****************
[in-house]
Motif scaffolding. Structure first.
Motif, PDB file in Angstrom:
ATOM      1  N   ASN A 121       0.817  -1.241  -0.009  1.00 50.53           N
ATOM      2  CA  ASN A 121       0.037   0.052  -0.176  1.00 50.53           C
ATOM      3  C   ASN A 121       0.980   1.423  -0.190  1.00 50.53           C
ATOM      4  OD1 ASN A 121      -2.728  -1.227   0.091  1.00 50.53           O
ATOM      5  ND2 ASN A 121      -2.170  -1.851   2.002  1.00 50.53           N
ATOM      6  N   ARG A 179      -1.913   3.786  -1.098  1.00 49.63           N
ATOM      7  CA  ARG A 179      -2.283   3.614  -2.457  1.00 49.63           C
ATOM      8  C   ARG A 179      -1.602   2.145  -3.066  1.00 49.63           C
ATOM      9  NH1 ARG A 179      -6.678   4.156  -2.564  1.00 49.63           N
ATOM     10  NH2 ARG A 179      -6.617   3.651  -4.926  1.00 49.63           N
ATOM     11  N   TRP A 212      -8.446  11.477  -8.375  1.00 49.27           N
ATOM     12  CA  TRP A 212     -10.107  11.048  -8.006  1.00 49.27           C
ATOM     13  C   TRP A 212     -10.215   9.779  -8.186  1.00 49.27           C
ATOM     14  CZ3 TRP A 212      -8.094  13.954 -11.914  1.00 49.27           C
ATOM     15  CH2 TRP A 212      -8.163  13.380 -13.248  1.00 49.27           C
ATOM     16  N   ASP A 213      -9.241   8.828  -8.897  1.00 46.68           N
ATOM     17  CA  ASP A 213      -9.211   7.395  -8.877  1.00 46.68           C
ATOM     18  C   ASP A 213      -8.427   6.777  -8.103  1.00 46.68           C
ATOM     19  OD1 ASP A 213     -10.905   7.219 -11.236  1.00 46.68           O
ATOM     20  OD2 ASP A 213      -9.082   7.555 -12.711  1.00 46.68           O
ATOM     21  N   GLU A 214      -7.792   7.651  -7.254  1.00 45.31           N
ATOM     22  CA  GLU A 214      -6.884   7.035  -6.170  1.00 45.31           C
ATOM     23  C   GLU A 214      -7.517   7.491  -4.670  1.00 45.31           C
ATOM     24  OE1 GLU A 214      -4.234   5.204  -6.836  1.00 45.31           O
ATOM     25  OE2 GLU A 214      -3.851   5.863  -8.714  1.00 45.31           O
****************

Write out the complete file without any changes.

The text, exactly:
[in-house]
Motif scaffolding. Structure first.
Motif, PDB file in Angstrom:
ATOM      1  N   ASN A 121       0.817  -1.241  -0.009  1.00 50.53           N
ATOM      2  CA  ASN A 121       0.037   0.052  -0.176  1.00 50.53           C
ATOM      3  C   ASN A 121       0.980   1.423  -0.190  1.00 50.53           C
ATOM      4  OD1 ASN A 121      -2.728  -1.227   0.091  1.00 50.53           O
ATOM      5  ND2 ASN A 121      -2.170  -1.851   2.002  1.00 50.53           N
ATOM      6  N   ARG A 179      -1.913   3.786  -1.098  1.00 49.63           N
ATOM      7  CA  ARG A 179      -2.283   3.614  -2.457  1.00 49.63           C
ATOM      8  C   ARG A 179      -1.602   2.145  -3.066  1.00 49.63           C
ATOM      9  NH1 ARG A 179      -6.678   4.156  -2.564  1.00 49.63           N
ATOM     10  NH2 ARG A 179      -6.617   3.651  -4.926  1.00 49.63           N
ATOM     11  N   TRP A 212      -8.446  11.477  -8.375  1.00 49.27           N
ATOM     12  CA  TRP A 212     -10.107  11.048  -8.006  1.00 49.27           C
ATOM     13  C   TRP A 212     -10.215   9.779  -8.186  1.00 49.27           C
ATOM     14  CZ3 TRP A 212      -8.094  13.954 -11.914  1.00 49.27           C
ATOM     15  CH2 TRP A 212      -8.163  13.380 -13.248  1.00 49.27           C
ATOM     16  N   ASP A 213      -9.241   8.828  -8.897  1.00 46.68           N
ATOM     17  CA  ASP A 213      -9.211   7.395  -8.877  1.00 46.68           C
ATOM     18  C   ASP A 213      -8.427   6.777  -8.103  1.00 46.68           C
ATOM     19  OD1 ASP A 213     -10.905   7.219 -11.236  1.00 46.68           O
ATOM     20  OD2 ASP A 213      -9.082   7.555 -12.711  1.00 46.68           O
ATOM     21  N   GLU A 214      -7.792   7.651  -7.254  1.00 45.31           N
ATOM     22  CA  GLU A 214      -6.884   7.035  -6.170  1.00 45.31           C
ATOM     23  C   GLU A 214      -7.517   7.491  -4.670  1.00 45.31           C
ATOM     24  OE1 GLU A 214      -4.234   5.204  -6.836  1.00 45.31           O
ATOM     25  OE2 GLU A 214      -3.851   5.863  -8.714  1.00 45.31           O